The mental health of an individual is unique to them. That being the case, each person will experience a different relationship between mental health and substance abuse. Therefore, the effects of drug use on mental health remain complicated since some people are at a greater risk of mental health issues than others.
Addiction occurs when repeated use of drugs changes the way a person’s brain responds to pleasure. It essentially develops when the urge to take drugs or alcohol takes over part of the brain responsible for rewarding behavior and benefits the body. Substance use can also affect the brain area responsible for decision-making and emotions.
Because it’s easier to see the physical ailments, often, the conversations about the effects of addiction resulting from alcohol use, cocaine and other drugs focus primarily on physical aspects. By focusing too much on observable physical aspects of drug use, it’s easier to overlook the dark mental health effects of drug problems.
The impact of addiction on mental health is detrimental because the brain is delicate and intricate yet the most important organ in the body.
If you or a loved one is suffering with mental health effects caused by addiction to drugs and alcohol, Changing Tides is here for you!
As established so far, substance addiction has far-reaching effects on mental health. The effects also extend to physical complications and can create financial problems. Addiction in itself is a mental health issue that directly and indirectly correlates with other mental health problems.
Effective treatment, at a facility like Changing Tides, is necessary to mitigate alcohol and drug addiction, manage mental health disorders and restore your overall health. However, delivering appropriate care to a health problem linked to addiction can be challenging.
At Changing Tides, we offer various treatment programs for individuals taking drugs or experiencing mental health challenges.
We offer the following Alcoholics Anonymous approved addiction programs:
Day Treatment/ Partial Hospitalization Program (PHP): Our PHP program is for those who require more care than the standard outpatient treatment. This high level of care comes with more freedom and flexibility than residential programs while continuing to support the patient.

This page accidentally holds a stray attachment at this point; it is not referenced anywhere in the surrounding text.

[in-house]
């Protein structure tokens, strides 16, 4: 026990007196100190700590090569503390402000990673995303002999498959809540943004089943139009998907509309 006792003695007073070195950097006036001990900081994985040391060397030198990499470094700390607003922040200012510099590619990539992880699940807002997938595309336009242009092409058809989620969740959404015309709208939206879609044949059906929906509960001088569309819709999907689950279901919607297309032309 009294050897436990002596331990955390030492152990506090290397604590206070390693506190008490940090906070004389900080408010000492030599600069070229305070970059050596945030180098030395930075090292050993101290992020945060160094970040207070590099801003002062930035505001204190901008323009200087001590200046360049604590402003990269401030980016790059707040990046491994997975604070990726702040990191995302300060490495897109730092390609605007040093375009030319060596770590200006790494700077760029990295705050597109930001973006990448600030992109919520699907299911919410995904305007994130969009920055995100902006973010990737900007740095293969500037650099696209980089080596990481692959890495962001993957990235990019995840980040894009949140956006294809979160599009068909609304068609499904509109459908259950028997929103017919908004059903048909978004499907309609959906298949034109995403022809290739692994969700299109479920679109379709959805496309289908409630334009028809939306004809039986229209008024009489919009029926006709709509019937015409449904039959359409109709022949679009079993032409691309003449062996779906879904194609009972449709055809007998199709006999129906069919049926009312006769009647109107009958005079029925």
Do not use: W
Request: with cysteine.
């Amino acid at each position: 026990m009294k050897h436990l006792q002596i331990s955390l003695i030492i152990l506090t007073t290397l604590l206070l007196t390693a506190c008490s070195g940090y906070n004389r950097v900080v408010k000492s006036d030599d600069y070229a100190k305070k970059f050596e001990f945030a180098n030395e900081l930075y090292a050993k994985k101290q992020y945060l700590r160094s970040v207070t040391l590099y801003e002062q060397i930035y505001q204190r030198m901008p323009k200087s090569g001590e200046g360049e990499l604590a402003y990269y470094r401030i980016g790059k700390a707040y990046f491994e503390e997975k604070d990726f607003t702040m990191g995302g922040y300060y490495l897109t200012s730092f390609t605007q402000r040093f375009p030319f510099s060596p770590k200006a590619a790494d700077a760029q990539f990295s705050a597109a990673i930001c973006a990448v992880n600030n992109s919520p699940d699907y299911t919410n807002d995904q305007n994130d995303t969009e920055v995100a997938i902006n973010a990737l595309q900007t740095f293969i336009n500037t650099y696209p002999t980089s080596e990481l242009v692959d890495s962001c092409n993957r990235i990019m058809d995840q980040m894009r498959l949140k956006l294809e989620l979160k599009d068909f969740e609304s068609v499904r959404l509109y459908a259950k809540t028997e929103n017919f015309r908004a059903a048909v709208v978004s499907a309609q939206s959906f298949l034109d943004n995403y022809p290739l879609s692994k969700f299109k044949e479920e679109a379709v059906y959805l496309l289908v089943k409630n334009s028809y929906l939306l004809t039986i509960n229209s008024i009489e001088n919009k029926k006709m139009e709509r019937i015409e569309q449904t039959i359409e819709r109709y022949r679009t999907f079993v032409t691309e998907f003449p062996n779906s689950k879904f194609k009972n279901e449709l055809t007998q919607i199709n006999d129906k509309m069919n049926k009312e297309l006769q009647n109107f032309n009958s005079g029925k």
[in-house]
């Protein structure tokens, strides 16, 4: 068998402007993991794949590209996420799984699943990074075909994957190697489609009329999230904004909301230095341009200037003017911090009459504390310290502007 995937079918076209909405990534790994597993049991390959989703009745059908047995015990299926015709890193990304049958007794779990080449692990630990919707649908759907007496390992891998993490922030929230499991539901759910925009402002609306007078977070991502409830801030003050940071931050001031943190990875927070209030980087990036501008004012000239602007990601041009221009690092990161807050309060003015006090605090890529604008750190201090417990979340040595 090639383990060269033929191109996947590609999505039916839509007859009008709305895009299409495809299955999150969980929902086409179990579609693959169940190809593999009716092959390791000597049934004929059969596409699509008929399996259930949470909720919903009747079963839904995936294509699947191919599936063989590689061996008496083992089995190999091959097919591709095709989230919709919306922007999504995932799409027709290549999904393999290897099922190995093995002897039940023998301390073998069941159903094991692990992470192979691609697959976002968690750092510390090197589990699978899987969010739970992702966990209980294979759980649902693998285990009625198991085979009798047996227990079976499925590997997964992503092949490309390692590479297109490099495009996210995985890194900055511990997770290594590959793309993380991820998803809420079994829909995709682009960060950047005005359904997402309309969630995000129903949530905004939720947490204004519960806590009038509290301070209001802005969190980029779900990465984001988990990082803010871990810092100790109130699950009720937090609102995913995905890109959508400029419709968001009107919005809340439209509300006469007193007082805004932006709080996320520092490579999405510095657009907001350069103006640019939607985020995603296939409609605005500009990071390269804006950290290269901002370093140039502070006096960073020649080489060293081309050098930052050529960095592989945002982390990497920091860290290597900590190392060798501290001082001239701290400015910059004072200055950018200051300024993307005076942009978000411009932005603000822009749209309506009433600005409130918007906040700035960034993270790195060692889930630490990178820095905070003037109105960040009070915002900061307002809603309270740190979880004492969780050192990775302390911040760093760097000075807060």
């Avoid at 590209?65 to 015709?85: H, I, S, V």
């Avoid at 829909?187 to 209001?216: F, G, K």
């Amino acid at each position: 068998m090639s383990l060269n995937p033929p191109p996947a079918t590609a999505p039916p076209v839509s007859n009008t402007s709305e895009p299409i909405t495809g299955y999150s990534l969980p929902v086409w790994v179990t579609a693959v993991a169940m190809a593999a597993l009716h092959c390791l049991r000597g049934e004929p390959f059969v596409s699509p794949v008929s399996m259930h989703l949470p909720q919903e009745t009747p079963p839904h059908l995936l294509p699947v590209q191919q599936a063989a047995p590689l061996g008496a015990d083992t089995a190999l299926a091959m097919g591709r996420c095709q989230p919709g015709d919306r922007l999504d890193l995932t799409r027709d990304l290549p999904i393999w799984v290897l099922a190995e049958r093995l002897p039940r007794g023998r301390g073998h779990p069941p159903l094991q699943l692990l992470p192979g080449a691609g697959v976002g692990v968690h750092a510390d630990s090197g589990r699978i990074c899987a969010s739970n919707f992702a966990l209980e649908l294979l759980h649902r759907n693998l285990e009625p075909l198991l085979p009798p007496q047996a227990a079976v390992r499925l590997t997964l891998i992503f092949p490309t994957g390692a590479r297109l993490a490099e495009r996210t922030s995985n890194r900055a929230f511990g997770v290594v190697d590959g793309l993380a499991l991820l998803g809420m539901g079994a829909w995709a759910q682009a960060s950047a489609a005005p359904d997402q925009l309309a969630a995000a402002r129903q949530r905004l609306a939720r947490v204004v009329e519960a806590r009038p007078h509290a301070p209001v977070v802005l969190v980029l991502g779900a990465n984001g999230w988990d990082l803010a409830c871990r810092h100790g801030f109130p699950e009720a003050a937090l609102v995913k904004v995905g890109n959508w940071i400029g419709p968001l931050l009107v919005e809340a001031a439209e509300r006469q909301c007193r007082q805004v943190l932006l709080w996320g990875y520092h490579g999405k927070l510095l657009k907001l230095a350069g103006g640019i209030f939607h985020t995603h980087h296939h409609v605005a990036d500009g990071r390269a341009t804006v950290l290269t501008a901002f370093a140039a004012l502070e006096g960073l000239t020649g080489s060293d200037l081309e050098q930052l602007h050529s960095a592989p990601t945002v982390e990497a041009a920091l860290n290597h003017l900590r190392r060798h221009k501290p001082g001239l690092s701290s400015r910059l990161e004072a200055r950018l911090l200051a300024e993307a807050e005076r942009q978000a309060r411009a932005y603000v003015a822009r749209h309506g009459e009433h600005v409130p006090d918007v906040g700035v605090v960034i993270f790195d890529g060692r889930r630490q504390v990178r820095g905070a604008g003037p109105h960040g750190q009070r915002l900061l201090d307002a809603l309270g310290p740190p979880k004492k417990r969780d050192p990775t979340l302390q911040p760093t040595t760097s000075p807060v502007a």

Intensive Outpatient Program (IOP): Our IOP program is offered as a treatment plan for alcohol and drug rehab programs. It’s a well-structured and comprehensive program that supports our clients in their journey towards recovery and sobriety.
General Outpatient Program (GOP): Once the Day Treatment/ PHP and IOP are complete, we take our clients through an intensive outpatient program at a level that’s least restrictive. This helps clients solidify their growth in the recovery they’ve already experienced.
COVID-19 and Addiction
The uncertainty and stress of the COVID-19 pandemic led to increased demand for mental health services. Depression and anxiety weren’t the only mental health disorders people faced during the crisis. Drug use, leading to substance use disorders, was rampant.
At least 13% of Americans cited starting or increasing the use of drugs to cope with the stress related to the disease and its effects. The 18% increase in nationwide overdoses indicated addiction was a significant concern over the previous year. As a result, Americans abusing drugs were at an increased risk of developing COVID-19 and experiencing worse outcomes.
The pandemic created a widespread feeling of fear across the world and affected more than people with existing drug problems. A great number of people turned to alcohol, stimulants and other drugs for relief. Substance use was seen as the best way to cope with the stress and the uncertainty of the pandemic.
Addiction and Mental Health Problems